Pros:Some of the best short stories you will ever read.
Cons:Some of the stories are mediocre.
The Bottom Line: It's rare I experience a wide range of emotions when I read any kind of fiction, but "The Last Defender Of Camelot" can really make you feel.
I first read The Last Defender Of Camelot over 20 years ago, and I still have that book I bought then. Though a paperback, it's in pristine condition, its age only given away by the price on the cover; $2.50. On the cover a wizard (Merlin?) looks out onto the street of a city; behind him is a castle and clouds, and not the interior of the dingy building he is in. That cover caught my eye, and I gladly entered the realm of that kingdom then, and I've joyfully crossed over many times since. The Last Defender Of Camelot has the best short story you will ever read, and it bears the same name as the book.
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"The Last Defender Of Camelot" is about Sir Launcelot, one of the Knights of the Round Table, and how he survived almost a thousand years after Camelot fell. He has not aged, and has lived under many names in many different places. In the close of the twentieth century, he meets Morgan Le Fay, a sorceress, also from that long gone time, who explains to him how he has lived for a thousand years, and the reason for it. He is destined to meet Merlin, who is about to awaken after a thousand-year spell has put him to sleep, and he must prevent Merlin's misguided idealism from unleashing his magical powers into destructive efforts to punish the "wicked".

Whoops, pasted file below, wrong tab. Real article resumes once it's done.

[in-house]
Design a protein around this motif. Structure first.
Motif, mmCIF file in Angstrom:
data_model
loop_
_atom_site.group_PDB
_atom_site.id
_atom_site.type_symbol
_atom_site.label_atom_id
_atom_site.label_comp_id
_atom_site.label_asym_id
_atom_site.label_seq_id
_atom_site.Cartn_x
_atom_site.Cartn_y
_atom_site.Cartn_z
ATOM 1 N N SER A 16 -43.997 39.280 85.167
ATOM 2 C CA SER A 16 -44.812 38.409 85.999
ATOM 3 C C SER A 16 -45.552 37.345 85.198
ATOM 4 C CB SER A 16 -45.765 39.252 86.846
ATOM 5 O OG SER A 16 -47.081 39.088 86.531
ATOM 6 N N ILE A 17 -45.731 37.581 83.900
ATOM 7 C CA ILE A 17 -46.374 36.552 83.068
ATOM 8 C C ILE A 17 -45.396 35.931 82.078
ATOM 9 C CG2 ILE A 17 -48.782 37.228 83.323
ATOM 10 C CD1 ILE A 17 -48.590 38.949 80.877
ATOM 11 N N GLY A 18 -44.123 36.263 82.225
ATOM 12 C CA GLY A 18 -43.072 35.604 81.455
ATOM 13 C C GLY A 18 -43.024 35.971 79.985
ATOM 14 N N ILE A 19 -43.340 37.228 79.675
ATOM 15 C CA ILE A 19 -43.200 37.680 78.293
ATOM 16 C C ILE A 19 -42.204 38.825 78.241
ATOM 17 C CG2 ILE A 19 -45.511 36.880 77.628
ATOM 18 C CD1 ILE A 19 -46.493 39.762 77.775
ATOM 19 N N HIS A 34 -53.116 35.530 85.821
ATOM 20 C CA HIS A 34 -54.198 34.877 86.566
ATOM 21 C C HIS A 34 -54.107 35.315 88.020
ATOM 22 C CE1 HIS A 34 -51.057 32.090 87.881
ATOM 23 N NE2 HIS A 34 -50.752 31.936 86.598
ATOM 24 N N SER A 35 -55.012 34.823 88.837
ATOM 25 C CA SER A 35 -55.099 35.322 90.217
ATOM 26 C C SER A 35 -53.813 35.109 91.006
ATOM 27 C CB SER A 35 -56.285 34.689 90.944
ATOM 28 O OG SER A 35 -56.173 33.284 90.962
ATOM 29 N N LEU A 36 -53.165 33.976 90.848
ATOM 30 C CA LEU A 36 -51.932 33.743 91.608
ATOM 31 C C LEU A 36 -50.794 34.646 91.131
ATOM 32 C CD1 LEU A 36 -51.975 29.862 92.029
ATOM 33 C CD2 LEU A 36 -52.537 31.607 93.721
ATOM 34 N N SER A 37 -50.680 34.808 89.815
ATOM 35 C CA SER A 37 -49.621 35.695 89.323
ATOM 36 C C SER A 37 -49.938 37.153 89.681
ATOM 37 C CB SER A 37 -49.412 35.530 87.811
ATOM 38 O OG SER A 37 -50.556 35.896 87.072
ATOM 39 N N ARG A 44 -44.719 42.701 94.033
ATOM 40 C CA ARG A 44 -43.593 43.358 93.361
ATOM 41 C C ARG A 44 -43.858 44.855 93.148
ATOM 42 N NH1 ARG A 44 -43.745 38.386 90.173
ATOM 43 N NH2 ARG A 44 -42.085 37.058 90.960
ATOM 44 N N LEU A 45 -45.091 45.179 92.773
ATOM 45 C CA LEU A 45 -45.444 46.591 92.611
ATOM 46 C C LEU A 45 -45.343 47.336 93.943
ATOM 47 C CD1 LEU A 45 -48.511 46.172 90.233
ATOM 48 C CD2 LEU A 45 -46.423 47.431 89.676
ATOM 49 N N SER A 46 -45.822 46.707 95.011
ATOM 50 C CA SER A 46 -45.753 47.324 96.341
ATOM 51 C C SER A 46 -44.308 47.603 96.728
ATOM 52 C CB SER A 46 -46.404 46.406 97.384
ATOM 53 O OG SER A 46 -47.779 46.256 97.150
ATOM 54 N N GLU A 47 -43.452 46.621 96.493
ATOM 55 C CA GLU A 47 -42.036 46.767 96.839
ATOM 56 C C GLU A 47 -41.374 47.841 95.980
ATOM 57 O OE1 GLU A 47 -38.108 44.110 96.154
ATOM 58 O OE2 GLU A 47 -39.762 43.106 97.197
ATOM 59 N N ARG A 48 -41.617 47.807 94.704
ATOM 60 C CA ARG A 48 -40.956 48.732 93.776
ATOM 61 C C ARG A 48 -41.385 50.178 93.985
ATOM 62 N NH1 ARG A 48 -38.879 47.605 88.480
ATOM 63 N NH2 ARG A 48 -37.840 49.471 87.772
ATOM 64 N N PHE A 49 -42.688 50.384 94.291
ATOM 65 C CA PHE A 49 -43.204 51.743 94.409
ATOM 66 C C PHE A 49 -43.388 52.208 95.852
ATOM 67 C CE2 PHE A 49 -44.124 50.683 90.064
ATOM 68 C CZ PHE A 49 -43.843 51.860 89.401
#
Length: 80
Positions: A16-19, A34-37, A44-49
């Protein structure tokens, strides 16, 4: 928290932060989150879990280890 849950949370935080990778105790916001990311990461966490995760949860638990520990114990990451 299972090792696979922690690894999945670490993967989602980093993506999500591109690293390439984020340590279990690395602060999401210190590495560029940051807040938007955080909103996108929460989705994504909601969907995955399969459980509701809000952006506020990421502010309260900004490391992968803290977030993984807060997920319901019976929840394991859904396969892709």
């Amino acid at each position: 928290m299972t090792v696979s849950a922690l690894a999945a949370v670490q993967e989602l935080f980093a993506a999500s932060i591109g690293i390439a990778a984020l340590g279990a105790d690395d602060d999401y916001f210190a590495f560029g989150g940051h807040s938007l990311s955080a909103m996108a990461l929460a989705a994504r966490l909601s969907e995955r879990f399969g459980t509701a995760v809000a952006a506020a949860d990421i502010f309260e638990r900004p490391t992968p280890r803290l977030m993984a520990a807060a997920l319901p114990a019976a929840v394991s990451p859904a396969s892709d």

While I would love to give you the rest of the story, I can not; that would spoil the pleasure you would have if you read it yourself. Please do, and feel the magic of Camelot as its last participants battle for the destiny of humanity, the thrill of titans clashing, and the pathos of Sir Launcelot's final clash of arms. Read the story. Live the dream. And do it again.
I'll also mention some of the other stories in The Last Defender Of Camelot; not that they aren't just as worthy as the previous one, but because I don't want make your experience of these stories any the less for knowing them ahead of time. Excellent and superb additional tales include "The Stainless Steel Leach"; a were-bot's existence among normal robots in the future, and "For A Breath I Tarry"; the labors of a supremely logical and immortal machine, Frost, to become a man.
I know I've mentioned in the "Cons" section above this opinion that some of the stories are mediocre, but that's just my opinion, just like I thought some of these stories are the best you'll ever read. I don't want to talk about the stories I thought were less than perfect, because, frankly, they aren't the ones I read over and over. Make up your own mind about which ones are the best, but I hope you'll agree with me that "The Last Defender Of Camelot" is one of them.
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